I want some Native bees in my backyard but I don't really want to spend about $300 on an established hive. I hope there is someone nearby in Sydney that is willing to do a split or and eduction
-= The Urban Beekeeper =-

Offline weedyau

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Re: Splitting native bees
« Reply #8 on: January 19, 2015, 06:48:55 AM »
Hi,
No do not turn the box upside down ever!! Tilt the box up at 45 degrees to view but don't invert.

When splitting I put hive being split next to the new bottom box. I lift the top box off the established hived and place it  on the new bottom box, and add a new top box to the first hive.

Don't stress if the brood doesn't split evenly. Just use a knife and even things up. Just keep brood the same way up.

There are lots of good uTube videos showing this.

I've never lost a hive doing splits. Cold and heat extremes are another story.

Offline Culley

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Re: Splitting native bees
« Reply #9 on: January 21, 2015, 02:10:38 AM »
Thanks weedyau, that's what I wanted to know.

So the top box goes on top of an empty bottom box...

Offline poited

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Re: Splitting native bees
« Reply #10 on: March 10, 2015, 07:40:21 AM »
I tell you what Chiefman if you can get some hives for $300 go for it. They are quite fashionable at the moment and are going for around the $450 range. Every man and his dog wants one for their garden, or restaurants want them for their customers to feel good because they are using local produce for their meals (I dont know how because their yield is far too small to use commercially). All I can say in the next few years theres going to be a heap of cheap and neglected hives for sale.

Offline Australian Beekeeper

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Re: Splitting native bees
« Reply #11 on: March 12, 2015, 07:25:57 PM »
As said above the top box goes on top of a new empty bottom. Most keepers (myself included) use split/anti slump bars in the top box to stop the structure slumping down and possibly causing issues. If your top box doesn't have them then be more careful than usual to place the box where it will only get morning sun.

Offline Richard M

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Re: Splitting native bees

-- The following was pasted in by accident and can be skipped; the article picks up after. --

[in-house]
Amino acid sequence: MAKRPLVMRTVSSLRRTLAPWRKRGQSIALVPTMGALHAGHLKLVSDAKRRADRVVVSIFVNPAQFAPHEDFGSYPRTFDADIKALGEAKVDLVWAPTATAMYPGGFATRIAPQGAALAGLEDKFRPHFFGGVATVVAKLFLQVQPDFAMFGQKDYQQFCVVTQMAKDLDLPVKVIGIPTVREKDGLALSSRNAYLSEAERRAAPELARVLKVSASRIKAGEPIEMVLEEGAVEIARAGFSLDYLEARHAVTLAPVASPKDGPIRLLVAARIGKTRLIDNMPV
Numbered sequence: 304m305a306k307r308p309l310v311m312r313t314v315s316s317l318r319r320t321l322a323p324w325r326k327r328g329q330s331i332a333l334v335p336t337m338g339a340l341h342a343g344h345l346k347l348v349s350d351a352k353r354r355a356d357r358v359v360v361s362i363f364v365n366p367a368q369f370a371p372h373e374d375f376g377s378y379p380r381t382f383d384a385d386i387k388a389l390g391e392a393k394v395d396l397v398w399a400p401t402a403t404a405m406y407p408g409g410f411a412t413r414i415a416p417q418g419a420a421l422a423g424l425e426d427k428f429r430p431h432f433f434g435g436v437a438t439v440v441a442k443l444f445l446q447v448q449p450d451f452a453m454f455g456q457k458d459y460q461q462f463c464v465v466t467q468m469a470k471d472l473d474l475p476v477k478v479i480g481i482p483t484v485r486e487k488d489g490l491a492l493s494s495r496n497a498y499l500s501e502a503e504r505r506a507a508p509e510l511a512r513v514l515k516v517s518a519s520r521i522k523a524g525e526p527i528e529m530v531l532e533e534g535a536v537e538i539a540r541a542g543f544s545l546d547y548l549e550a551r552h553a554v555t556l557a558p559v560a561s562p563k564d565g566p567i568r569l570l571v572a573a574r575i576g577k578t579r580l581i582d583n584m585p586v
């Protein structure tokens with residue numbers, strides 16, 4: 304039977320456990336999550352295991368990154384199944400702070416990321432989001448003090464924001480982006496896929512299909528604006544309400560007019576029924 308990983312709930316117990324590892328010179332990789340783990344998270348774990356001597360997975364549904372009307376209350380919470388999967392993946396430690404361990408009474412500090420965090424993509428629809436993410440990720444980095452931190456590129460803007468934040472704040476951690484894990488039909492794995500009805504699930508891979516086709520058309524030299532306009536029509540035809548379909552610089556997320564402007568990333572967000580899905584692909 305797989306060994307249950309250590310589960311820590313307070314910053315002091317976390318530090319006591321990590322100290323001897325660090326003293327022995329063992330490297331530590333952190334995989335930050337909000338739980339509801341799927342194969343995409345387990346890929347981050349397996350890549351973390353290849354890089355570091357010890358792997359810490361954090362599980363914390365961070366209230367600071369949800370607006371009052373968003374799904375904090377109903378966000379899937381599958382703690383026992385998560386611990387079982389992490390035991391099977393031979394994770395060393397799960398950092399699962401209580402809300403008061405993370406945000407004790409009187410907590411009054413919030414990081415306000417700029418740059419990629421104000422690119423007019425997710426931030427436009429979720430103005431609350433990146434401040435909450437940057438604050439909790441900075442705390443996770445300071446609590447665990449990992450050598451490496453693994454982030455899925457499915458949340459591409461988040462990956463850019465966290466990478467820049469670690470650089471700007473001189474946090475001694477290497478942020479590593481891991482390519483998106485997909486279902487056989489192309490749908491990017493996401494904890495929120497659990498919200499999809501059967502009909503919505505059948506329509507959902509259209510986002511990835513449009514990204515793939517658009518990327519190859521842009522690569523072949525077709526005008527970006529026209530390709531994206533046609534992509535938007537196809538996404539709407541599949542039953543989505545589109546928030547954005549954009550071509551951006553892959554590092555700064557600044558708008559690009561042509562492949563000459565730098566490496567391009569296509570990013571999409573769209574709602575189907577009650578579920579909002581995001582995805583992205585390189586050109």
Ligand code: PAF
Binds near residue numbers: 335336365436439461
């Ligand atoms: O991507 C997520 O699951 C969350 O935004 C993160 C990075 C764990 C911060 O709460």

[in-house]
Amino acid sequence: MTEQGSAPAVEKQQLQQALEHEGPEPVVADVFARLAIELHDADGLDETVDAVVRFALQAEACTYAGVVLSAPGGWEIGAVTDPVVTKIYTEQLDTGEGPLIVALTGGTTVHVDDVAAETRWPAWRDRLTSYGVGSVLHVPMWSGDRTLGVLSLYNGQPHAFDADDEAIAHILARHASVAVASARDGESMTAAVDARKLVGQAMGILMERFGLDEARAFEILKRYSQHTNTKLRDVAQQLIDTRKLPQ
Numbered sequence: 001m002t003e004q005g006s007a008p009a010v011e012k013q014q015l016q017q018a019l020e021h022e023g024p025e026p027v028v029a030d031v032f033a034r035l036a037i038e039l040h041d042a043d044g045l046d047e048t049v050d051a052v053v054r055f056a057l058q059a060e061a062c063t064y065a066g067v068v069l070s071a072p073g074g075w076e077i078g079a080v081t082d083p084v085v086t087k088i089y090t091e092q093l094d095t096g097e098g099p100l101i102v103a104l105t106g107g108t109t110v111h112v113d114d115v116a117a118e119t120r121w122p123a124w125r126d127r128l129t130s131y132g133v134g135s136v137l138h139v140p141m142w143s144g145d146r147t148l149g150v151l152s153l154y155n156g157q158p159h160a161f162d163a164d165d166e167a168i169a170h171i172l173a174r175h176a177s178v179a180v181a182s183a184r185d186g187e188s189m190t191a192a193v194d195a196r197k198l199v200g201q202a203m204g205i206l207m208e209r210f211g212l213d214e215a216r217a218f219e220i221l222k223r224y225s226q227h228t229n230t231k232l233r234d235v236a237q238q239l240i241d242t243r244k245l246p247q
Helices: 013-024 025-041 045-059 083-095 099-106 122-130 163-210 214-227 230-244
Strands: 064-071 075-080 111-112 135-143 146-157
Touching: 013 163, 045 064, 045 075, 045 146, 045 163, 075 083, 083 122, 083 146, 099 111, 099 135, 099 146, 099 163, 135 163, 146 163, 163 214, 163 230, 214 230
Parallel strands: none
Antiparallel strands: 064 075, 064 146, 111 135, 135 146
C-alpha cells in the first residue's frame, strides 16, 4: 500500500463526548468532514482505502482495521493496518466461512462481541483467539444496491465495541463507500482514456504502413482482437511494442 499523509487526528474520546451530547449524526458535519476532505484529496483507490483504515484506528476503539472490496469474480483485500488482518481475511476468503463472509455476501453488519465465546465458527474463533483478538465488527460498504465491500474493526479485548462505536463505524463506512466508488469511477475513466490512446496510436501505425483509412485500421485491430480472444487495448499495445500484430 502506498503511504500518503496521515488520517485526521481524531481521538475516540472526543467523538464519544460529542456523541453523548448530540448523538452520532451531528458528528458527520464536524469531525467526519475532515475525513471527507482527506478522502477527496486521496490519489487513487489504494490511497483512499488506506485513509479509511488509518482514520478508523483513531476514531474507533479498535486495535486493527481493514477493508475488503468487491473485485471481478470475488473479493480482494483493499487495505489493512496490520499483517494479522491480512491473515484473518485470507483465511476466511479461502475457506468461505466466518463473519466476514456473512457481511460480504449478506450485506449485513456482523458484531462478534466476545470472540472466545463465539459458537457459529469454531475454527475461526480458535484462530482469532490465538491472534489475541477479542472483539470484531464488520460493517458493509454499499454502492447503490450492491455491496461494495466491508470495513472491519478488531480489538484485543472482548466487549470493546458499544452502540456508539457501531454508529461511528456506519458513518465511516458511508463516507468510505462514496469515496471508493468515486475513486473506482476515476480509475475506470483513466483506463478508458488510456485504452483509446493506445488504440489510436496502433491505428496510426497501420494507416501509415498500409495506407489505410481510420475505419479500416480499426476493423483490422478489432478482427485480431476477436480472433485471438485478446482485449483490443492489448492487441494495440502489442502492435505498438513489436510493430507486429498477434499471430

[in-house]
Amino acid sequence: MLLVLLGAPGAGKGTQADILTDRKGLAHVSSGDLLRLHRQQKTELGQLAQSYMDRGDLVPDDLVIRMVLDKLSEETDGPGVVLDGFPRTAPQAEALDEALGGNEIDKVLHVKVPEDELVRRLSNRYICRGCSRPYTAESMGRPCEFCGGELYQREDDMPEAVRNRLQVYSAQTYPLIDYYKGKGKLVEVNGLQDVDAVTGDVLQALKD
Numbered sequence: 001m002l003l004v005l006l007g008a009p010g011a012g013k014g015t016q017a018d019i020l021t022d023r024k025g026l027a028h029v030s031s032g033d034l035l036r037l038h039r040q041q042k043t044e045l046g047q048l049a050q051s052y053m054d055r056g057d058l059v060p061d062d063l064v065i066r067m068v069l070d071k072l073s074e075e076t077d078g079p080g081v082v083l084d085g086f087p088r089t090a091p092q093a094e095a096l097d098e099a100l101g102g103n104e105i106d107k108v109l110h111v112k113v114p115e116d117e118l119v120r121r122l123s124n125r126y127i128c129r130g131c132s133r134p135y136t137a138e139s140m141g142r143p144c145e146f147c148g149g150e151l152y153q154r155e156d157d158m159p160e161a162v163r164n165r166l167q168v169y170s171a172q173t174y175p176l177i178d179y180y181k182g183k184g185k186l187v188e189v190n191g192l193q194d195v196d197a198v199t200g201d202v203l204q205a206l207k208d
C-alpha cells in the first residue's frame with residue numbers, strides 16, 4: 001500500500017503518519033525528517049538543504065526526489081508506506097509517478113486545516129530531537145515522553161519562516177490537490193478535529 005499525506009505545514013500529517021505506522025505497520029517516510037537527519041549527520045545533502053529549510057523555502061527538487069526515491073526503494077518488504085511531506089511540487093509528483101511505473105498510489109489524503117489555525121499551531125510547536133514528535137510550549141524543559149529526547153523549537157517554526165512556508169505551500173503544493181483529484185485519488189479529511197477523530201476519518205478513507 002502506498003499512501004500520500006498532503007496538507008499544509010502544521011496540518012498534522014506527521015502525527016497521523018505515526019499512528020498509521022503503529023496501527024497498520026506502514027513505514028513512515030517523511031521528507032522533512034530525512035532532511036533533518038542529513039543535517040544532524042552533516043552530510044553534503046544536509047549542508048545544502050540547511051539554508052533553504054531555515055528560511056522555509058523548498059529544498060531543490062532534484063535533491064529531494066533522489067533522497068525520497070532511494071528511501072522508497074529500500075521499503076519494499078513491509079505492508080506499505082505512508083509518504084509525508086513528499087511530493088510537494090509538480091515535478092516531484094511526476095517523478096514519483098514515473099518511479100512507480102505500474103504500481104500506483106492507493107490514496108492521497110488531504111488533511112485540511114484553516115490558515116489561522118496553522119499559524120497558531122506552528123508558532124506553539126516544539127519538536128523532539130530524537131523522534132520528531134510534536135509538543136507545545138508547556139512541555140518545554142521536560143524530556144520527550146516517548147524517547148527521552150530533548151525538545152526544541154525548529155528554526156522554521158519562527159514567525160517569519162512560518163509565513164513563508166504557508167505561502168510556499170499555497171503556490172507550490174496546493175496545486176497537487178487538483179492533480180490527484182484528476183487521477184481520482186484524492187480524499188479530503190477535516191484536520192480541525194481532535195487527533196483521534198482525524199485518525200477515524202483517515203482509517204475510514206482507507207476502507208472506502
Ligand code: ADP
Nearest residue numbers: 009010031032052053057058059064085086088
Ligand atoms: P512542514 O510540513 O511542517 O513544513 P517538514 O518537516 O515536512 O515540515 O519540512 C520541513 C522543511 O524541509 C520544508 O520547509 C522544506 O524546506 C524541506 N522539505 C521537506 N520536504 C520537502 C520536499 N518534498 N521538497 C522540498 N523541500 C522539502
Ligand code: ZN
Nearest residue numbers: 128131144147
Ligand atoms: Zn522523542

« Reply #12 on: March 12, 2015, 10:15:47 PM »
I tell you what Chiefman if you can get some hives for $300 go for it. They are quite fashionable at the moment and are going for around the $450 range. Every man and his dog wants one for their garden, or restaurants want them for their customers to feel good because they are using local produce for their meals (I dont know how because their yield is far too small to use commercially). All I can say in the next few years theres going to be a heap of cheap and neglected hives for sale.

You have to wonder "what's the point?"

Offline Australian Beekeeper

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Re: Splitting native bees
« Reply #13 on: March 12, 2015, 10:38:13 PM »
Pollination and general interest :) In terms of pollination there are a few crops that they are brilliant for (macadamia is a well known example).

You can get about 1kg a year of honey so not worth it in that respect but the honey is delicious and very different to Apis honey.

Offline Richard M

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Re: Splitting native bees
« Reply #14 on: March 12, 2015, 11:25:27 PM »
Pollination and general interest :) In terms of pollination there are a few crops that they are brilliant for (macadamia is a well known example).

You can get about 1kg a year of honey so not worth it in that respect but the honey is delicious and very different to Apis honey.

Yeah, no different to fishing really. You do it because you enjoy it - hard to justify it on a cost-benefit basis though - fishing gear, boat, time etc is 10 times the value of the fish you catch. (Well it is for me anyway).

 

anything